Why Randy Moss shouldn't retire

If he comes back, Randy Moss can still be a legitimate deep threat in the NFL. Greg M. Cooper/US Presswire

There is reason to believe the New England Patriots made Randy Moss irrelevant long before we reached this point. Before Minnesota, before Tennessee, before this. Which is not a shot at the Patriots but part of the case for why Moss should be playing in 2011. Because it might not be about what Moss couldn't do well any more and might be more about what the Patriots had discovered about their own personnel in 2010.

Last year, the Patriots simply didn't throw the ball deep down the field, not entirely neutering Moss as a receiver but forgoing what was essentially his greatest strength -- the deep ball. (Imagine Shaq minus the driving alley-oop from the elbow.) The question is, was Moss still the ultimate decoy, or the ultimate in decay? Like an aging Shaq, we are left to wonder: Did the play disappear because of the player or because of the system?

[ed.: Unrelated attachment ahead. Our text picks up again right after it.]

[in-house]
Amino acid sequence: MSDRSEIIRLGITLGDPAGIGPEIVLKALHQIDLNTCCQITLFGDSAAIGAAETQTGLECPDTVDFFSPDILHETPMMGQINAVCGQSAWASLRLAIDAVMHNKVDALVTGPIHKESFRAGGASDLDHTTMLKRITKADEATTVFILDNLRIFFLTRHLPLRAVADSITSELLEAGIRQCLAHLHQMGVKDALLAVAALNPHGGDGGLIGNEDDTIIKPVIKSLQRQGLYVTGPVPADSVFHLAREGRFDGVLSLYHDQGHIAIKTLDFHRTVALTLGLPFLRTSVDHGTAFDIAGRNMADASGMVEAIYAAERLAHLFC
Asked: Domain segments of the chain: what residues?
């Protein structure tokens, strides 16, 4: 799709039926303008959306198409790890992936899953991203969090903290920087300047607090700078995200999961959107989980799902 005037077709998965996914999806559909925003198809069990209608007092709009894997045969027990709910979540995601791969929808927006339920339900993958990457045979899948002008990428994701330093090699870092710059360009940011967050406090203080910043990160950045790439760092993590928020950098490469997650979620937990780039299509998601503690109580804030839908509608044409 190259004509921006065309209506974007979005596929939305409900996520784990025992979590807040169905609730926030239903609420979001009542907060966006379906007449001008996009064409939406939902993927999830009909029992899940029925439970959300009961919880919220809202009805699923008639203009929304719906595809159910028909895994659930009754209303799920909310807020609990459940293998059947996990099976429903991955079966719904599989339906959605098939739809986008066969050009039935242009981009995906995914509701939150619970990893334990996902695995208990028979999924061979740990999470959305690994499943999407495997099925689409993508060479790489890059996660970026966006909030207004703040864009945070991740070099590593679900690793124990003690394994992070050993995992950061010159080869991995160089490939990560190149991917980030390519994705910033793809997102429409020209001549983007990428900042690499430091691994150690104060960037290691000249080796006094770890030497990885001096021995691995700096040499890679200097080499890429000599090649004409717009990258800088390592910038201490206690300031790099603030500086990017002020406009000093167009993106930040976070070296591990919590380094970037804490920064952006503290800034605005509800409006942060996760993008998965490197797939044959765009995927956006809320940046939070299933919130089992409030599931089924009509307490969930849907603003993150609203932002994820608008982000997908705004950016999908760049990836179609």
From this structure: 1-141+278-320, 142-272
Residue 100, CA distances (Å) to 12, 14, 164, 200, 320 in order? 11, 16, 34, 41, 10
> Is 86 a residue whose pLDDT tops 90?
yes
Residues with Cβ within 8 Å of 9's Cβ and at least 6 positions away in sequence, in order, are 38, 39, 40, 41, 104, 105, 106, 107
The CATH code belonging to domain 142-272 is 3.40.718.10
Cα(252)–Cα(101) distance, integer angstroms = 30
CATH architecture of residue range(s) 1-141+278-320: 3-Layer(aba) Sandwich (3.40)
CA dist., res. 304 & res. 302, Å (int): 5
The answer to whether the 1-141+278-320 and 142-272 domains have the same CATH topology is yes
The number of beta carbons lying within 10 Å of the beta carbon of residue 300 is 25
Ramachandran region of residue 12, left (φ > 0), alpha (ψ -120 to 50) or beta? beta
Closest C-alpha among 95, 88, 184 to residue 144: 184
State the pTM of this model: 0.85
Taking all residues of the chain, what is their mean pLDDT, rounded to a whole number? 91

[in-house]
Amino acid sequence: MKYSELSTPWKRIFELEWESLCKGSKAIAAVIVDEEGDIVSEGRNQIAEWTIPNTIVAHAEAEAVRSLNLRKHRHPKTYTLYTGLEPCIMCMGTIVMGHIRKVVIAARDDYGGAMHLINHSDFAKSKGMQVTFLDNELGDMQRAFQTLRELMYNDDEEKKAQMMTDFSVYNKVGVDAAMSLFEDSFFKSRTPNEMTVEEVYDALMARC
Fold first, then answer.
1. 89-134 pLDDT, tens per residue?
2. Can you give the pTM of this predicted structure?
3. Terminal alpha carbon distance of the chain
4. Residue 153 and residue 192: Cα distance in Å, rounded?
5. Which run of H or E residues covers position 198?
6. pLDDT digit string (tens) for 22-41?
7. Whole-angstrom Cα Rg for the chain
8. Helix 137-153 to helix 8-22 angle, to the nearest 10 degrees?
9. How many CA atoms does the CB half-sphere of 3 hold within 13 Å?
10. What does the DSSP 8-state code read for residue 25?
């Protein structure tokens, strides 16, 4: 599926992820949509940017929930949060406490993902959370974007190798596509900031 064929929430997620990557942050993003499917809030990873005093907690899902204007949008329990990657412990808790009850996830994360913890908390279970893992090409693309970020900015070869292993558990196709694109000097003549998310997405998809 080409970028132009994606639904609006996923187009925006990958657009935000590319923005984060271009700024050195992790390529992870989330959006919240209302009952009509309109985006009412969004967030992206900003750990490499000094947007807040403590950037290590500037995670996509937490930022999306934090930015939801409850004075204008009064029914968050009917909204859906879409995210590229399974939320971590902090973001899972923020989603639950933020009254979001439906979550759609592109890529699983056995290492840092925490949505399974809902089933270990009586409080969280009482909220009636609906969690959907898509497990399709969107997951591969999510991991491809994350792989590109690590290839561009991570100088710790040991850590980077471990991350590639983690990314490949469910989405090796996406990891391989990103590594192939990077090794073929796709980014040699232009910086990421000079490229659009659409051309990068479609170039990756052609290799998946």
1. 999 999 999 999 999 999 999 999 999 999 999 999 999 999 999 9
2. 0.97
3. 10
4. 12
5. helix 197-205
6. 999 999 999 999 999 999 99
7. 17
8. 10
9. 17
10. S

After a look at the evidence, there's good reason to believe that Moss, though not the impossible cover he was just a few years ago, shouldn't be done in the NFL.

First, consider the system.

Until we fire a guy and the new coach discovers a litany of untapped talent, we like to assume that a coach is coaching to his personnel -- that the system in place, if not perfect for the personnel, is designed to optimize what's available. If a coach of Bill Belichick's pedigree isn't using Moss, we have to assume the player has lost some adequacy.